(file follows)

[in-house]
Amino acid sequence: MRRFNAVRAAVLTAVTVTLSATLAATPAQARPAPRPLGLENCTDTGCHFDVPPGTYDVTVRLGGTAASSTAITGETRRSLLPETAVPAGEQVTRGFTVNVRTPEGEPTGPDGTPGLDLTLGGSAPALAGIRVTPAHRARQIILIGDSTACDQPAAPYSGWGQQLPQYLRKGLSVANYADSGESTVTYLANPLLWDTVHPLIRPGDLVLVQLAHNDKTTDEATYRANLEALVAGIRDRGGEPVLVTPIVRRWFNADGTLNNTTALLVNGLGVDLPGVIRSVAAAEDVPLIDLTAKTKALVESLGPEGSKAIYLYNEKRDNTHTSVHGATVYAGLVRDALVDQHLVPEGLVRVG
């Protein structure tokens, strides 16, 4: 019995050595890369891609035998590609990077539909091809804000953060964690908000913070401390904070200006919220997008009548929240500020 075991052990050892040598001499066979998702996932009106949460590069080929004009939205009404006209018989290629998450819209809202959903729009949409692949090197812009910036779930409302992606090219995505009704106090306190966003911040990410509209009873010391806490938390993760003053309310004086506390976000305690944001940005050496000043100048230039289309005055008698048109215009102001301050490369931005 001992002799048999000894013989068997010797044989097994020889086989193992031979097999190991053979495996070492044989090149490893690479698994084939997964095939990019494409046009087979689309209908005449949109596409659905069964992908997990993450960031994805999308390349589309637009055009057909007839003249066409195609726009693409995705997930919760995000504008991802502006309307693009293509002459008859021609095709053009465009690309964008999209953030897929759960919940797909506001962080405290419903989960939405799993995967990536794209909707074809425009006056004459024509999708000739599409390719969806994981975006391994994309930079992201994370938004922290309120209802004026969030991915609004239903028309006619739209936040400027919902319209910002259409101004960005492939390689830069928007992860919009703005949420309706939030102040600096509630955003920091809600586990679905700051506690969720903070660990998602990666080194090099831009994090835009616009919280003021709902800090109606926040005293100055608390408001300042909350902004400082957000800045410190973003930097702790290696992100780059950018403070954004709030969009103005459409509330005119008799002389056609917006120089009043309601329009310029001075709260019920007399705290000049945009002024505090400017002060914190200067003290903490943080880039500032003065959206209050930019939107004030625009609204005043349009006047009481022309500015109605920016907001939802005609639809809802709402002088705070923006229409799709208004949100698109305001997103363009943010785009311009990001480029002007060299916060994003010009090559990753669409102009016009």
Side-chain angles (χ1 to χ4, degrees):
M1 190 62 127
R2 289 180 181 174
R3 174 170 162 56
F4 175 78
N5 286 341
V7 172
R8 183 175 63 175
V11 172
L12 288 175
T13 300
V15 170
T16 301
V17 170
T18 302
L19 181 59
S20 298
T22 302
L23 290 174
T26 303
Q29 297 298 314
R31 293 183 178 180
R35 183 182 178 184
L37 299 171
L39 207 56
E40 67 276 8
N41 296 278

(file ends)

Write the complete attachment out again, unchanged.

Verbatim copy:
[in-house]
Amino acid sequence: MRRFNAVRAAVLTAVTVTLSATLAATPAQARPAPRPLGLENCTDTGCHFDVPPGTYDVTVRLGGTAASSTAITGETRRSLLPETAVPAGEQVTRGFTVNVRTPEGEPTGPDGTPGLDLTLGGSAPALAGIRVTPAHRARQIILIGDSTACDQPAAPYSGWGQQLPQYLRKGLSVANYADSGESTVTYLANPLLWDTVHPLIRPGDLVLVQLAHNDKTTDEATYRANLEALVAGIRDRGGEPVLVTPIVRRWFNADGTLNNTTALLVNGLGVDLPGVIRSVAAAEDVPLIDLTAKTKALVESLGPEGSKAIYLYNEKRDNTHTSVHGATVYAGLVRDALVDQHLVPEGLVRVG
């Protein structure tokens, strides 16, 4: 019995050595890369891609035998590609990077539909091809804000953060964690908000913070401390904070200006919220997008009548929240500020 075991052990050892040598001499066979998702996932009106949460590069080929004009939205009404006209018989290629998450819209809202959903729009949409692949090197812009910036779930409302992606090219995505009704106090306190966003911040990410509209009873010391806490938390993760003053309310004086506390976000305690944001940005050496000043100048230039289309005055008698048109215009102001301050490369931005 001992002799048999000894013989068997010797044989097994020889086989193992031979097999190991053979495996070492044989090149490893690479698994084939997964095939990019494409046009087979689309209908005449949109596409659905069964992908997990993450960031994805999308390349589309637009055009057909007839003249066409195609726009693409995705997930919760995000504008991802502006309307693009293509002459008859021609095709053009465009690309964008999209953030897929759960919940797909506001962080405290419903989960939405799993995967990536794209909707074809425009006056004459024509999708000739599409390719969806994981975006391994994309930079992201994370938004922290309120209802004026969030991915609004239903028309006619739209936040400027919902319209910002259409101004960005492939390689830069928007992860919009703005949420309706939030102040600096509630955003920091809600586990679905700051506690969720903070660990998602990666080194090099831009994090835009616009919280003021709902800090109606926040005293100055608390408001300042909350902004400082957000800045410190973003930097702790290696992100780059950018403070954004709030969009103005459409509330005119008799002389056609917006120089009043309601329009310029001075709260019920007399705290000049945009002024505090400017002060914190200067003290903490943080880039500032003065959206209050930019939107004030625009609204005043349009006047009481022309500015109605920016907001939802005609639809809802709402002088705070923006229409799709208004949100698109305001997103363009943010785009311009990001480029002007060299916060994003010009090559990753669409102009016009």
Side-chain angles (χ1 to χ4, degrees):
M1 190 62 127
R2 289 180 181 174
R3 174 170 162 56
F4 175 78
N5 286 341
V7 172
R8 183 175 63 175
V11 172
L12 288 175
T13 300
V15 170
T16 301
V17 170
T18 302
L19 181 59
S20 298
T22 302
L23 290 174
T26 303
Q29 297 298 314
R31 293 183 178 180
R35 183 182 178 184
L37 299 171
L39 207 56
E40 67 276 8
N41 296 278